Let’s start with a brief primer: ‘On-premise’ software is software that is downloaded to and manually updated at settled intervals on a specific device. Cloud software is accessible via the internet, and is continually updated — in other words, the latest version is always available. On-premise software is usually purchased once, and users have the option to pay for updates.
Cloud software is usually purchased on a continuing subscription basis (monthly or annually, at a discount). For small firms, on-premise software is usually available on an individual user’s device or through a physical office server. Cloud software is hosted on a server, too — but, the physical server is managed and maintained by the vendor, not the law firm.
Bogged down by your server-based law practice management software?
The thesis of this series of blog posts is that cloud software is better than on-premise software — which, in many law firms is called ‘legacy software’, since it’s the software that law firms have traditionally used. Across this series of blog posts, I’ll cover three specific reasons why cloud software beats on-premise software, every time.
In the majority of cases, a law firm getting into cloud services for the first time will move from a ‘legacy system’ (the prior system, often an on-premise software) into the new system (usually a cloud-based tool), and the major question in that move revolves around what to do with all that existing, stored data? Attorneys are glorified pack rats in many ways. They love to hang onto things, just in case. It’s a professional hazard, wrought by lawyers being taught, over and over again, that risk avoidance is the main consideration of any interaction. It’s been hammered into their heads. So, even while it’s possible to just leave the old data in the old system, and let it age out, most law firms will want to port. The good news is that modern cloud tools make this a relatively painless process.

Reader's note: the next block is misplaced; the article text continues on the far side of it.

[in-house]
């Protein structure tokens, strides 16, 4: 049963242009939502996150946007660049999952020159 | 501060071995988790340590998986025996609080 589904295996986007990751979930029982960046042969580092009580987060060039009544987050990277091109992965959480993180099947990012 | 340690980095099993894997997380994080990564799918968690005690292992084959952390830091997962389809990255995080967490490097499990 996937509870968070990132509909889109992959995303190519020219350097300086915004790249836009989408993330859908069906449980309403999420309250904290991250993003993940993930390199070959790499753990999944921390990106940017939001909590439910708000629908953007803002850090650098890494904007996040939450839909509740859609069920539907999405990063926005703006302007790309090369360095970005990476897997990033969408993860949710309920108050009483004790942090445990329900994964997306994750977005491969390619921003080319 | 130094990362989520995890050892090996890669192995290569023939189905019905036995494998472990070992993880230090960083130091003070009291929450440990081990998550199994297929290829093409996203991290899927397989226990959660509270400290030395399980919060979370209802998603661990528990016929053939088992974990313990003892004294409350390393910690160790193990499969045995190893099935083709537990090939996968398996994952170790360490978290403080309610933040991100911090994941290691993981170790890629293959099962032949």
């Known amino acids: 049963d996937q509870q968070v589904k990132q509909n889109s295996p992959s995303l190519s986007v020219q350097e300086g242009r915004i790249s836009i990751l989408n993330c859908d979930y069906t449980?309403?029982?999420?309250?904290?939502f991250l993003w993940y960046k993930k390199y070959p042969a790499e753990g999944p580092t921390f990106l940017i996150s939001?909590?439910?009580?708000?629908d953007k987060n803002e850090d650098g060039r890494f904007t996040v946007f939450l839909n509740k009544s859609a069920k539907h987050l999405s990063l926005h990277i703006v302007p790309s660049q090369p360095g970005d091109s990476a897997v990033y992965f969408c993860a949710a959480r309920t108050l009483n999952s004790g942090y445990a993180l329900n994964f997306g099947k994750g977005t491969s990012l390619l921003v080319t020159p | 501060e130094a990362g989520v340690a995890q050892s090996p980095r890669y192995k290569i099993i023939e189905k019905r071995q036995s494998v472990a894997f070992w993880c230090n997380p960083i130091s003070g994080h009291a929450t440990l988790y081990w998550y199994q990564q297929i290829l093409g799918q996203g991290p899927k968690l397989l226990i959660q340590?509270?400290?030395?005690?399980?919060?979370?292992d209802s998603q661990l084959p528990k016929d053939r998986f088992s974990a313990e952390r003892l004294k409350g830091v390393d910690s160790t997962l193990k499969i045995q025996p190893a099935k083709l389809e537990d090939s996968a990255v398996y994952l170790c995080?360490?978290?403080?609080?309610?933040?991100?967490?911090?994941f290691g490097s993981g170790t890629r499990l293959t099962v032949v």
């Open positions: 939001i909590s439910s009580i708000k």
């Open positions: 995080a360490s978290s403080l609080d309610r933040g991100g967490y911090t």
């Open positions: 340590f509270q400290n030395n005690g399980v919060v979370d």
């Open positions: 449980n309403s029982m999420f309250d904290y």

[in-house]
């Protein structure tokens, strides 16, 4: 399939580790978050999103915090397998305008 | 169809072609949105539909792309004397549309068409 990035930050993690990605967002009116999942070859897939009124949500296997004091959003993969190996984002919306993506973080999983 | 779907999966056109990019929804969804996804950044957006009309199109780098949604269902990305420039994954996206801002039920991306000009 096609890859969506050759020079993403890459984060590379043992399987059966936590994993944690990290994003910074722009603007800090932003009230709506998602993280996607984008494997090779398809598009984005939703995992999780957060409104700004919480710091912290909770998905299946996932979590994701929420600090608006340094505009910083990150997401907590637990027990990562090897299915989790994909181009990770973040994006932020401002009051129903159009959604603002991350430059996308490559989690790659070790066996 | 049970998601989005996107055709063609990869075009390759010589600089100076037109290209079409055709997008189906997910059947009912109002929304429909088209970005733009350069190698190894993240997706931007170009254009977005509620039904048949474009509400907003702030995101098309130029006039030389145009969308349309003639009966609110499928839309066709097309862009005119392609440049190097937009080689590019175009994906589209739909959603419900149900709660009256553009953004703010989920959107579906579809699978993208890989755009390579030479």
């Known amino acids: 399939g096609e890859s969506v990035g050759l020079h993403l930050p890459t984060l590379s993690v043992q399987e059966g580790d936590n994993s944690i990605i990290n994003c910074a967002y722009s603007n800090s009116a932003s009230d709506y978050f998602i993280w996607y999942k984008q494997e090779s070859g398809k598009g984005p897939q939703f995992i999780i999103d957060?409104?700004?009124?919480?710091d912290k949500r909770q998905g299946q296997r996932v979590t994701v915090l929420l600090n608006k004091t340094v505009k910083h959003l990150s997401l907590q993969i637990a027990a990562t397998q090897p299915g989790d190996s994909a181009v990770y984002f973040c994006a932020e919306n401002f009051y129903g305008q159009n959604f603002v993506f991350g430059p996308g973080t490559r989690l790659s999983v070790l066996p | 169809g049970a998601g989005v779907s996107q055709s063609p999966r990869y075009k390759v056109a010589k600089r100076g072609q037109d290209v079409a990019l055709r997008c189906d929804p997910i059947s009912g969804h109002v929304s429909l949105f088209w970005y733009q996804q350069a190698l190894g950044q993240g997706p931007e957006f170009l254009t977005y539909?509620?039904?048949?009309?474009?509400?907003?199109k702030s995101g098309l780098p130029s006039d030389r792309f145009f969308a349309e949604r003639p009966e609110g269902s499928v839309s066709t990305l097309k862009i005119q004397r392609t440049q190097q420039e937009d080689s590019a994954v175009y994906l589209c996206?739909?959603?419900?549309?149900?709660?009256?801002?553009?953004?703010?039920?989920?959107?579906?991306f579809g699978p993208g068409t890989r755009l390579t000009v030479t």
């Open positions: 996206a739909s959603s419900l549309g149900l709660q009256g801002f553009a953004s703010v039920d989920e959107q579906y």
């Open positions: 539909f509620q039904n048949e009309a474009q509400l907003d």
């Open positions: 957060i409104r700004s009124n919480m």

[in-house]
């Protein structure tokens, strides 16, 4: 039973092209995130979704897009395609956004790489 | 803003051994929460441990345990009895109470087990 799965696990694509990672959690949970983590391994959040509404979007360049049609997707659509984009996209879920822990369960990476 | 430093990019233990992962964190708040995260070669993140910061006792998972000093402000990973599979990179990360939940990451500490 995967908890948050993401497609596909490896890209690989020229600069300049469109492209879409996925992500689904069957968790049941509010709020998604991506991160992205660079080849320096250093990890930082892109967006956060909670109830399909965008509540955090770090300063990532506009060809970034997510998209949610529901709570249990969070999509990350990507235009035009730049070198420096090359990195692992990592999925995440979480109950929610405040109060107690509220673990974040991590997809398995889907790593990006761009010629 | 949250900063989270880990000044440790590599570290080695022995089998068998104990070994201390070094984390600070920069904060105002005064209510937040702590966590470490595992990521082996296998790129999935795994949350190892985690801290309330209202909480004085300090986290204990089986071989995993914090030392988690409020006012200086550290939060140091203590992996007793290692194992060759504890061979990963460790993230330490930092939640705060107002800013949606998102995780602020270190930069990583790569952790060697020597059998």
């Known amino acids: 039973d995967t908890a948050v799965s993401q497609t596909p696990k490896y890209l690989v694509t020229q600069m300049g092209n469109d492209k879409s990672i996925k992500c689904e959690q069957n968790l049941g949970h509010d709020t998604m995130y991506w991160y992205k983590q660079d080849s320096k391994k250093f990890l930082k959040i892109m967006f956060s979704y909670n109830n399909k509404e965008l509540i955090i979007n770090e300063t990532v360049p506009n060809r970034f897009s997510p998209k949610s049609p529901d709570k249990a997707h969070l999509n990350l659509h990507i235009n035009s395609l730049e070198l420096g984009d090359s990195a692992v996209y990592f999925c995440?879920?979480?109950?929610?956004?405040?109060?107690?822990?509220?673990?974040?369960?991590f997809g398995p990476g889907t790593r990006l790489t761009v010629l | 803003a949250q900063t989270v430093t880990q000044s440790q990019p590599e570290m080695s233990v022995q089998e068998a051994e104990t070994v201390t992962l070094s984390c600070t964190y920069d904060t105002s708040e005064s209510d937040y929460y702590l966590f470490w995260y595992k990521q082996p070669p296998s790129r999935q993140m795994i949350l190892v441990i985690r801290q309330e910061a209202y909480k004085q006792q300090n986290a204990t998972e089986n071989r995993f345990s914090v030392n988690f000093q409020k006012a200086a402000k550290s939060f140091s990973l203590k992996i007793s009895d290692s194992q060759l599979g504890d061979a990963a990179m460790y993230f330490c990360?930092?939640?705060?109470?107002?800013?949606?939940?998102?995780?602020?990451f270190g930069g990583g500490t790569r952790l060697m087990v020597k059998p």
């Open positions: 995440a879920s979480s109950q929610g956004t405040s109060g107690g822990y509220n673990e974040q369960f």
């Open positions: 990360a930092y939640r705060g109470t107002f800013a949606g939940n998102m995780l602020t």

Many cloud providers have mapped the data transition model from old system X to their system, which means the path is well-worn, and takes less time than if there were a significant learning curve. Upload and download of basic information can be achieved via Excel or CSV file. Many providers offer document upload and download and integration features. Oftentimes, the issue lies with the premise-based software provider, who may not have developed offloading tools, or who will seek to hold data hostage, in a last-ditch attempt to retain a customer it would probably lose at some point anyway.
And, in point of fact, because it’s easier to get into a cloud-based software, it’s easier to get out of cloud-based software. Pathways into the system can easily be converted to pathways out of the system. While it was a real concern previously that software vendors would refuse to release your data, or be incapable of doing so, most cloud-based vendors, while allergic to customer churn, recognize that it is a reality of modern business, and that it is in their best interests not to stand in the way of a move, especially because they will likely be the beneficiaries of another move, somewhere down the line.
With the majority of modern cloud software vendors, both getting into and getting out of their systems is a fairly straightforward and transparent procedure. But, in the end, you’re probably not getting out with the intention of making a return to the on-premise world. Once you go cloud, you never go back.
About the author
Jared D. Correia, Esq. is the CEO of Red Cave Law Firm Consulting, which offers subscription-based law firm business management consulting and technology services for solo and small law firms. Red Cave also works with legal institutions and legal-facing corporations to develop programming and content. A former practicing attorney, Jared has been advising lawyers and law firms for over a decade. He is a regular presenter at local, regional and national events, including ABA TECHSHOW. He regularly contributes to legal publications, including his column, ‘Managing,’ for Attorney at Work, and his ‘Law Practice Confidential’ advice column for Lawyerist. Jared is the author of the American Bar Association publication ‘Twitter in One Hour for Lawyers’. He is the host of the Legal Toolkit podcast on Legal Talk Network. Jared also teaches for Concord Law School, Suffolk University Law School and Solo Practice University. He loves James Taylor, but respects Ron Swanson; and, he tries to sneak Rolos when no one is looking.